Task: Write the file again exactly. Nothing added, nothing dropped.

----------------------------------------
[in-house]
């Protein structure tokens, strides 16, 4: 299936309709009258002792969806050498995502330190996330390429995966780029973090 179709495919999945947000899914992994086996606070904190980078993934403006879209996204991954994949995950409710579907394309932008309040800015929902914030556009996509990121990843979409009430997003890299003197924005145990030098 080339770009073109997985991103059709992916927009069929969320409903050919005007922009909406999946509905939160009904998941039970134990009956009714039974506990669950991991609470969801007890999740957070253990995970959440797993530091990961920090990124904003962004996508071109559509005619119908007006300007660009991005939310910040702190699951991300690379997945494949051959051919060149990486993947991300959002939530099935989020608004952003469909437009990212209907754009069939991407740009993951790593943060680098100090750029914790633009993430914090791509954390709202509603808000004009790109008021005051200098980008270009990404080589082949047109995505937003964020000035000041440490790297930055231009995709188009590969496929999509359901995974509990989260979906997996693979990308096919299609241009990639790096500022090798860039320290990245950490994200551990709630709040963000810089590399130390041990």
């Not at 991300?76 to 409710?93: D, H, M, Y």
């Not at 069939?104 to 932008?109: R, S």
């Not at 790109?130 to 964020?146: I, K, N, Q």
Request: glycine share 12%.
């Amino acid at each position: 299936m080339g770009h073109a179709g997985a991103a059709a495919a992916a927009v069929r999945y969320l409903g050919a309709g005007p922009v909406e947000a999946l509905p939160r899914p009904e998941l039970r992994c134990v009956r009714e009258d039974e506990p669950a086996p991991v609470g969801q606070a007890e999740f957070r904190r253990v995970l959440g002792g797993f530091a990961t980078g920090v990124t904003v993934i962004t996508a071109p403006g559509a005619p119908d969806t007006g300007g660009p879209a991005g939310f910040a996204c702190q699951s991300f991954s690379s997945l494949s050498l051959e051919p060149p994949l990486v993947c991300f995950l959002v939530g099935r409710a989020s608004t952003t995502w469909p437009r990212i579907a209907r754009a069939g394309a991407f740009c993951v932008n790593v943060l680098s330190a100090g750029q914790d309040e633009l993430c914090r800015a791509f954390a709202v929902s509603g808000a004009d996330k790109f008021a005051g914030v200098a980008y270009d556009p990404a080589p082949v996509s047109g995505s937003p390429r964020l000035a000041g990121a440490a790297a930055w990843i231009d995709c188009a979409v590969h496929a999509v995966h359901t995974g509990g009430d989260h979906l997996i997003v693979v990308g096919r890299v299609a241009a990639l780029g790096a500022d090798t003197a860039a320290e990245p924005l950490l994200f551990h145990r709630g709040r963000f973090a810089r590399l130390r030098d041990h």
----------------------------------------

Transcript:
[in-house]
């Protein structure tokens, strides 16, 4: 299936309709009258002792969806050498995502330190996330390429995966780029973090 179709495919999945947000899914992994086996606070904190980078993934403006879209996204991954994949995950409710579907394309932008309040800015929902914030556009996509990121990843979409009430997003890299003197924005145990030098 080339770009073109997985991103059709992916927009069929969320409903050919005007922009909406999946509905939160009904998941039970134990009956009714039974506990669950991991609470969801007890999740957070253990995970959440797993530091990961920090990124904003962004996508071109559509005619119908007006300007660009991005939310910040702190699951991300690379997945494949051959051919060149990486993947991300959002939530099935989020608004952003469909437009990212209907754009069939991407740009993951790593943060680098100090750029914790633009993430914090791509954390709202509603808000004009790109008021005051200098980008270009990404080589082949047109995505937003964020000035000041440490790297930055231009995709188009590969496929999509359901995974509990989260979906997996693979990308096919299609241009990639790096500022090798860039320290990245950490994200551990709630709040963000810089590399130390041990």
């Not at 991300?76 to 409710?93: D, H, M, Y």
């Not at 069939?104 to 932008?109: R, S």
């Not at 790109?130 to 964020?146: I, K, N, Q």
Request: glycine share 12%.
């Amino acid at each position: 299936m080339g770009h073109a179709g997985a991103a059709a495919a992916a927009v069929r999945y969320l409903g050919a309709g005007p922009v909406e947000a999946l509905p939160r899914p009904e998941l039970r992994c134990v009956r009714e009258d039974e506990p669950a086996p991991v609470g969801q606070a007890e999740f957070r904190r253990v995970l959440g002792g797993f530091a990961t980078g920090v990124t904003v993934i962004t996508a071109p403006g559509a005619p119908d969806t007006g300007g660009p879209a991005g939310f910040a996204c702190q699951s991300f991954s690379s997945l494949s050498l051959e051919p060149p994949l990486v993947c991300f995950l959002v939530g099935r409710a989020s608004t952003t995502w469909p437009r990212i579907a209907r754009a069939g394309a991407f740009c993951v932008n790593v943060l680098s330190a100090g750029q914790d309040e633009l993430c914090r800015a791509f954390a709202v929902s509603g808000a004009d996330k790109f008021a005051g914030v200098a980008y270009d556009p990404a080589p082949v996509s047109g995505s937003p390429r964020l000035a000041g990121a440490a790297a930055w990843i231009d995709c188009a979409v590969h496929a999509v995966h359901t995974g509990g009430d989260h979906l997996i997003v693979v990308g096919r890299v299609a241009a990639l780029g790096a500022d090798t003197a860039a320290e990245p924005l950490l994200f551990h145990r709630g709040r963000f973090a810089r590399l130390r030098d041990h």